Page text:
Technical Newsletter From Your Ballistic TechniciansVolume 4, Issue 3
|Matchkings and Hunting
by Rich Macholz
Every year we are reminded of the accuracy advantage MatchKings provide by hunters wishing to use them in the field. We don't suggest this application due to thin jackets, hard cores, and small meplat openings.
These design characteristics can cause premature expansion at close range, lack of expansion at extreme range, and a very narrow corridor of terminal performance. It is very difficult to take advantage of the MatchKings accuracy edge in the field under normal hunting conditions. Usually things are not just exactly perfect when that trophy presents itself. That means that odds are good that shot placement, while good, may not be perfect.
To compensate for this very slight error, a reliable expanding type hunting bullet that transfers all the energy available is a necessity. Therefore, if your .300 Win Mag Ruremchester shoots .4" with 168 grain MatchKings and .8" with 165 grain GameKings, you still have better than minute of a whitetail accuracy with a bullet that was designed for maximum terminal performance.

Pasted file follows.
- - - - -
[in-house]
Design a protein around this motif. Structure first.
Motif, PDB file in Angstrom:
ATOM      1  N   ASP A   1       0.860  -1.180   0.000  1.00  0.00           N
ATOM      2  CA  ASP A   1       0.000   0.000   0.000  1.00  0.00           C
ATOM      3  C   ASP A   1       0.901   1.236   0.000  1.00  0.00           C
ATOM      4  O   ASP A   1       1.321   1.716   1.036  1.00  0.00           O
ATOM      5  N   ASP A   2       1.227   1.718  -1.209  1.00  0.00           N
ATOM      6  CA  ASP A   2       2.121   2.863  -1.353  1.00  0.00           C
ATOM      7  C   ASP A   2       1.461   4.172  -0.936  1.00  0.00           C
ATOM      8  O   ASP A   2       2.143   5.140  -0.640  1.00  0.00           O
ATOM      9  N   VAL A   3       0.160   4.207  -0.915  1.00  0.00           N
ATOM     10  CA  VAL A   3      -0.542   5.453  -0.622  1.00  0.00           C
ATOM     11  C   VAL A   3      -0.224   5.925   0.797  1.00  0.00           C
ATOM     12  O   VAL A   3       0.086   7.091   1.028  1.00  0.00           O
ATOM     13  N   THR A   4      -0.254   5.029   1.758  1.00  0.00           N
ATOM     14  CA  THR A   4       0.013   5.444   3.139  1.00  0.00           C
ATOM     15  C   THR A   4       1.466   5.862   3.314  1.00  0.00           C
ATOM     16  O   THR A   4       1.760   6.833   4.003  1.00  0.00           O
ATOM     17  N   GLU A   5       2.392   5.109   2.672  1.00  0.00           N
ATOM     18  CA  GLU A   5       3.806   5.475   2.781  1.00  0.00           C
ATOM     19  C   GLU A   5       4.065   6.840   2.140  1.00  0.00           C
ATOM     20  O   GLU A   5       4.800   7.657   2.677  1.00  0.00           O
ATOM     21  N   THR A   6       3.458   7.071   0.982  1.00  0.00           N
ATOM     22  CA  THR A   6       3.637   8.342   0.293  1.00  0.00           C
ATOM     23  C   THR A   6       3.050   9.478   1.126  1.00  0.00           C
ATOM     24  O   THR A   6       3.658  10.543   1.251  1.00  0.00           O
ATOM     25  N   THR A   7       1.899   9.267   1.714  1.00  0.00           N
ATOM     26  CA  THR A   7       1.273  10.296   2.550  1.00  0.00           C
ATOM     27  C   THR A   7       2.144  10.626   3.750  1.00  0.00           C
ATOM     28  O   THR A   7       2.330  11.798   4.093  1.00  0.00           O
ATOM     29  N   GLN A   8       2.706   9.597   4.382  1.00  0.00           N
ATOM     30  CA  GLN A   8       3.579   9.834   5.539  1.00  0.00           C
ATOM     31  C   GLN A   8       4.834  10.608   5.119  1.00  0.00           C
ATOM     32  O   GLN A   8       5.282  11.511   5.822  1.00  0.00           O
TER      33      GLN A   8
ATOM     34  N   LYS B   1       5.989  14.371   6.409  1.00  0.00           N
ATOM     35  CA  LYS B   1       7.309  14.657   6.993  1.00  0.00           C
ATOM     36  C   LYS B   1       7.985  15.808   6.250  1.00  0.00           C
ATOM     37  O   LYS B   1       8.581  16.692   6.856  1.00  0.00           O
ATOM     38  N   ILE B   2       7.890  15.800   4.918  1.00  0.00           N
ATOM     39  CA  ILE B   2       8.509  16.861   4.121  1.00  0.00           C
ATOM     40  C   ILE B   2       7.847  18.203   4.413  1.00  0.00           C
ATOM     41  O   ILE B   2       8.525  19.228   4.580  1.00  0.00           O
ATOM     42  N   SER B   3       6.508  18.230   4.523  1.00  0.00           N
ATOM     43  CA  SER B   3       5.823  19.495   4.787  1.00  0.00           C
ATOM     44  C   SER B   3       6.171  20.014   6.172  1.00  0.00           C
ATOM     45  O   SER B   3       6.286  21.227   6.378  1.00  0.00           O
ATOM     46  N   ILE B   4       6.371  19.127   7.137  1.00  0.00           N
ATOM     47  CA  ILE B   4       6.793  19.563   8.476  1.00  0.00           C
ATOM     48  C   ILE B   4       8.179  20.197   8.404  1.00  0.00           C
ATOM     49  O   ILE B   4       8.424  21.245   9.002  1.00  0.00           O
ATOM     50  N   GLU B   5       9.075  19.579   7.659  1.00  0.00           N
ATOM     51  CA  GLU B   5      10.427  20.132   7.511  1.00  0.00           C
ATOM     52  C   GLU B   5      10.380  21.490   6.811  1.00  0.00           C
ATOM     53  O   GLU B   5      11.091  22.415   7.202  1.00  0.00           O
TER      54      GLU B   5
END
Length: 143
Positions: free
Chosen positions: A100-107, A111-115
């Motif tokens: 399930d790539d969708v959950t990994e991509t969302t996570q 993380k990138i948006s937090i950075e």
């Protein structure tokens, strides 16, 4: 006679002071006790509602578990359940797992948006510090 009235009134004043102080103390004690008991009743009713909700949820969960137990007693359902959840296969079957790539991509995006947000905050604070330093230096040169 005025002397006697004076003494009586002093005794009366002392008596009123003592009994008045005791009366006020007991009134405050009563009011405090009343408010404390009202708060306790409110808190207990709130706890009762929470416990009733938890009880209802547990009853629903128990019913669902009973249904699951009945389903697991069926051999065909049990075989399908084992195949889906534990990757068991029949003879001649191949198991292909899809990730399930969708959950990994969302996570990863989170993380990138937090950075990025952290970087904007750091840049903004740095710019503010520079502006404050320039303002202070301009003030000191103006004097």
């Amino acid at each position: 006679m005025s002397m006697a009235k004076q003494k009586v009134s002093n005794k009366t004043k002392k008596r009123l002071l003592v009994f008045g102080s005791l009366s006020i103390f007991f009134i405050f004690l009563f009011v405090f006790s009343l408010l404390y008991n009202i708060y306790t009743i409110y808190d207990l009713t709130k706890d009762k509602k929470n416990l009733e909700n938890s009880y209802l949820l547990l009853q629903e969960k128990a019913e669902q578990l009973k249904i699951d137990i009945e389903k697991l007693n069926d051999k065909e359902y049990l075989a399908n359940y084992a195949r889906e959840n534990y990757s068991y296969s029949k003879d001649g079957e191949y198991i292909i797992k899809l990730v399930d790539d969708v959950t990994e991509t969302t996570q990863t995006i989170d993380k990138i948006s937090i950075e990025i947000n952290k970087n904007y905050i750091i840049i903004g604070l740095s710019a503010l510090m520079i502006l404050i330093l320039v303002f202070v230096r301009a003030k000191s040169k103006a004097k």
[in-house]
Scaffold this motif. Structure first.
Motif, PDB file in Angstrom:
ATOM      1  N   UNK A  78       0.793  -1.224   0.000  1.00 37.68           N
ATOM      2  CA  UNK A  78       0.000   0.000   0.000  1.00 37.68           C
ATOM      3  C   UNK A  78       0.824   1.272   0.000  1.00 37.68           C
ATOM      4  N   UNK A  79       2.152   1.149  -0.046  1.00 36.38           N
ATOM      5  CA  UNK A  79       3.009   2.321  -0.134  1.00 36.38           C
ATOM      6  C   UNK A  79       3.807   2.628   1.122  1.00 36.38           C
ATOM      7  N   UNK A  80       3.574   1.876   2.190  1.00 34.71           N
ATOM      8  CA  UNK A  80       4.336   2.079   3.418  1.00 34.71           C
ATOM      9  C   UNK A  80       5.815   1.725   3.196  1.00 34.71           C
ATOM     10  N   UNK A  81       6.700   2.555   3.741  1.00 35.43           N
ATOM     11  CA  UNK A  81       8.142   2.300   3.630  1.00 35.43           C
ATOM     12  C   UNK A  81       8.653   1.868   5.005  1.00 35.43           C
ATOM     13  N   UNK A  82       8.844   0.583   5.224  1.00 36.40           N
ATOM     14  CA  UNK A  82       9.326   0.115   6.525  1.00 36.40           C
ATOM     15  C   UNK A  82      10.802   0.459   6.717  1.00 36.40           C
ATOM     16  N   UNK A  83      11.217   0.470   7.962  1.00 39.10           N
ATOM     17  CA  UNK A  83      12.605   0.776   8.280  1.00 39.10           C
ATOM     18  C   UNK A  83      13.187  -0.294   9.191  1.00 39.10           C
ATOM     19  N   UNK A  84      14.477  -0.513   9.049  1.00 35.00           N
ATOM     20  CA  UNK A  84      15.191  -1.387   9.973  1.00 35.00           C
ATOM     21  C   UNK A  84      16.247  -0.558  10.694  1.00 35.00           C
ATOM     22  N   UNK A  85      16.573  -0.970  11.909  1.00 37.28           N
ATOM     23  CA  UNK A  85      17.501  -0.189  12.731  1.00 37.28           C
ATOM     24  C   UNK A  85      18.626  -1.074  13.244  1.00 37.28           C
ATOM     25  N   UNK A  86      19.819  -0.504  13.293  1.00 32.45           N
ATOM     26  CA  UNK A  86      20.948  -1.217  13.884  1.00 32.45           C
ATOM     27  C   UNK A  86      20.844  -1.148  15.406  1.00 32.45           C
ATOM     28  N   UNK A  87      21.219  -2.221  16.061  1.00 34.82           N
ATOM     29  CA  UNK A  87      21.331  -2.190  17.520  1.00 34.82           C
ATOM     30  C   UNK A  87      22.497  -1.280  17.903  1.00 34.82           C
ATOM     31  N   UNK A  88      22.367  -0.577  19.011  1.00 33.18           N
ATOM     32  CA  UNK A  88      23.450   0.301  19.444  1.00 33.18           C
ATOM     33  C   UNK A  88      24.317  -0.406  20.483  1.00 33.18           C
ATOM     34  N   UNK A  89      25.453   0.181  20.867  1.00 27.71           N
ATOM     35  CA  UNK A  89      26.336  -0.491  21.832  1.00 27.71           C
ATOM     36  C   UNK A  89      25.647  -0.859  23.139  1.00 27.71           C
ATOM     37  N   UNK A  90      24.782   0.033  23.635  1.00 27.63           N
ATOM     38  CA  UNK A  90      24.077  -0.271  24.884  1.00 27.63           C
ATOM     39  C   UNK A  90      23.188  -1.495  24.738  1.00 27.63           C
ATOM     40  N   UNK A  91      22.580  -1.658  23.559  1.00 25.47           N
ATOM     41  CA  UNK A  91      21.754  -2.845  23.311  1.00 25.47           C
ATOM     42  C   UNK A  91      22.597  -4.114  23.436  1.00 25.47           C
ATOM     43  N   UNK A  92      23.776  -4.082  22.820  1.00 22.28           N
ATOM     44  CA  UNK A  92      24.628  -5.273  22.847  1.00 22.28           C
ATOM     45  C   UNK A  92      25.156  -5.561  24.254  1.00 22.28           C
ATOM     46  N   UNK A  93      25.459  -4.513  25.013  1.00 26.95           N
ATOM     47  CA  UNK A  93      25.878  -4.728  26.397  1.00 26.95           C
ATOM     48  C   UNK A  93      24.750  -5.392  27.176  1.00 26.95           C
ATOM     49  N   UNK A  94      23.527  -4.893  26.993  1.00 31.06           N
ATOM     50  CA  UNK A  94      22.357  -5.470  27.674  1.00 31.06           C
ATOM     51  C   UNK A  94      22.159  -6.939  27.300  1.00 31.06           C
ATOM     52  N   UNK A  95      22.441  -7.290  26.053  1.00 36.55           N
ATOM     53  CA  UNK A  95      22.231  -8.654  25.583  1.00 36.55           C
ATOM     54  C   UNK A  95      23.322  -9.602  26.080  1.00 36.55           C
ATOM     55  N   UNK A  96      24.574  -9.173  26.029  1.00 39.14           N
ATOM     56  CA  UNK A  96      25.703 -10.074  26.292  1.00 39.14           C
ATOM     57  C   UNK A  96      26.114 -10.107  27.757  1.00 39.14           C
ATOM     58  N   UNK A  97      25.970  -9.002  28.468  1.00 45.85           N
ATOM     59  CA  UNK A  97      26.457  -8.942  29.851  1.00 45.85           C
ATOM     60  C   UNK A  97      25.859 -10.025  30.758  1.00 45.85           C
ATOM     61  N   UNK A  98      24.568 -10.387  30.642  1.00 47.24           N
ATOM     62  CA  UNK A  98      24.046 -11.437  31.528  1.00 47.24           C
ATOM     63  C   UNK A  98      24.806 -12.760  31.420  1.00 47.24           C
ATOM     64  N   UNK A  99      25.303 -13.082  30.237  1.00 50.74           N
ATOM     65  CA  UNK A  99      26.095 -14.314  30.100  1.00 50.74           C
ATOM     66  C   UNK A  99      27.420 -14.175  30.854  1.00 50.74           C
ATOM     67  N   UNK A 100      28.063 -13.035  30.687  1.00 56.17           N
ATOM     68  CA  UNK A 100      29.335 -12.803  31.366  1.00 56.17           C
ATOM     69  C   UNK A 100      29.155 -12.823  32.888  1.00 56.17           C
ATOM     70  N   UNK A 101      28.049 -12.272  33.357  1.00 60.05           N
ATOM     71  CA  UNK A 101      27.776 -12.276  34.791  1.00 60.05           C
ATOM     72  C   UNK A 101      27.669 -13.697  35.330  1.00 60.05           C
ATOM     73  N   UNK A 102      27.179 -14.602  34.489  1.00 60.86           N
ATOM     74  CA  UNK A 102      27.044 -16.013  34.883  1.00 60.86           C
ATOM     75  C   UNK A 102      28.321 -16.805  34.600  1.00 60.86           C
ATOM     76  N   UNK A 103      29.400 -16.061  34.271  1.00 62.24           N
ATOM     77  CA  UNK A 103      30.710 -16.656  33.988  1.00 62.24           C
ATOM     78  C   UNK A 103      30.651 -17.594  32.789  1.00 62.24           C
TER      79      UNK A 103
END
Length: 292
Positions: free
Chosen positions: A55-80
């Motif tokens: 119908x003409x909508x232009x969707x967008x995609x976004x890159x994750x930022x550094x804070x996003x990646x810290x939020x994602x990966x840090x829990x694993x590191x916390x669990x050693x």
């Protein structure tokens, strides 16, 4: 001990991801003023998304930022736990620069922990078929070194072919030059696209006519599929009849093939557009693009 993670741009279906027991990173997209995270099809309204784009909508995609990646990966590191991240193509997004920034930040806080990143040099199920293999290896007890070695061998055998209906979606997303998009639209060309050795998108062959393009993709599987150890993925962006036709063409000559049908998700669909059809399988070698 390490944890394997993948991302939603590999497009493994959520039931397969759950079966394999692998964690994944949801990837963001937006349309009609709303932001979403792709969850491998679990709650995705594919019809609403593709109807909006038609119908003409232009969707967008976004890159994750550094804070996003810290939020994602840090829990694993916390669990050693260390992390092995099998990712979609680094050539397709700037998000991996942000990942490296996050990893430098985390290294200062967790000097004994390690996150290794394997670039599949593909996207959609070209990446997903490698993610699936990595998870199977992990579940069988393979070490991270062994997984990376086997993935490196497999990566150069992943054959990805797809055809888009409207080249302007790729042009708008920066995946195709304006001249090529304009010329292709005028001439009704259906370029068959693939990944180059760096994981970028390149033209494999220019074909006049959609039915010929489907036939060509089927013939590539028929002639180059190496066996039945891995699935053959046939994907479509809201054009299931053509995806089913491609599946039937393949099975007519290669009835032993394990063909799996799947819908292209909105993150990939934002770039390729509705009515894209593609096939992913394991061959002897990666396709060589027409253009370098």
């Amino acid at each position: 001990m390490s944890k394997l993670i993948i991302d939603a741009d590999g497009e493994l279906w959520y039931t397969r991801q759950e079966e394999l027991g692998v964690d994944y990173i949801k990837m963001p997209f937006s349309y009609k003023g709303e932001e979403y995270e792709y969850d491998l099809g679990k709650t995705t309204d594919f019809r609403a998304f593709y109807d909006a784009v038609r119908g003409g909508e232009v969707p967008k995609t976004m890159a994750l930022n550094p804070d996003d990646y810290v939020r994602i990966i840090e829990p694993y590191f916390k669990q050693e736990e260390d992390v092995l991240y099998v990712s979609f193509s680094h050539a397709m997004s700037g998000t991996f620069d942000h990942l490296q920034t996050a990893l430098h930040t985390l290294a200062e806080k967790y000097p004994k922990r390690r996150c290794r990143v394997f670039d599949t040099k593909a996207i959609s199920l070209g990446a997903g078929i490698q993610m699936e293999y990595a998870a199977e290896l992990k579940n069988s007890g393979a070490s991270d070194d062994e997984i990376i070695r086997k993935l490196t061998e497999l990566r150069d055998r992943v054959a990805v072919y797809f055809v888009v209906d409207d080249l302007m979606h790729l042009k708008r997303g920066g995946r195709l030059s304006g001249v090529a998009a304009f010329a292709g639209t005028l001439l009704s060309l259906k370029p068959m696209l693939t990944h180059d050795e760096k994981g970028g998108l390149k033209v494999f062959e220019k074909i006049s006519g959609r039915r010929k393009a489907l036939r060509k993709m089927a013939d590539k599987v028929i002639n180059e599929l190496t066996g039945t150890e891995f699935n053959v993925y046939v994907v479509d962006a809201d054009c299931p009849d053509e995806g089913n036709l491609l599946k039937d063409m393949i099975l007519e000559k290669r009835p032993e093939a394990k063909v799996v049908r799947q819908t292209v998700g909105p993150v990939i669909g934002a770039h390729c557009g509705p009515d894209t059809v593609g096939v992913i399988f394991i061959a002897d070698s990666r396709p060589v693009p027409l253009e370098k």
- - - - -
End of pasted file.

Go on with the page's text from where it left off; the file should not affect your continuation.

I've never seen a game animal with a bullseye on it, so X count or score isn't so important as the result of one good shot that gives maximum terminal results.
|Chevy Truck Sportsman's Team Challenge
The Sierra/Starline team captured their third consecutive National Championship at the 1997 Chevy Truck Sportsman's Team Challenge during April at Markham Park in Florida. David Tubb, Doug Koenig, and J. Michael Plaxco defeated Team Dillon and Team Texas to win the match. The Sierra/Starline junior team also competed in Florida. This team was made up of three boys ages 13,14, and 15, Eric Bowling, Hunter Pilant, and Cory Galloway, all from Missouri. This team represented Sierra well as they won the Junior Class, captured 5th in the Novice Class (for all shooters who have never competed in a Chevy Truck Challenge before), and 32nd overall in the Sportsman's Class.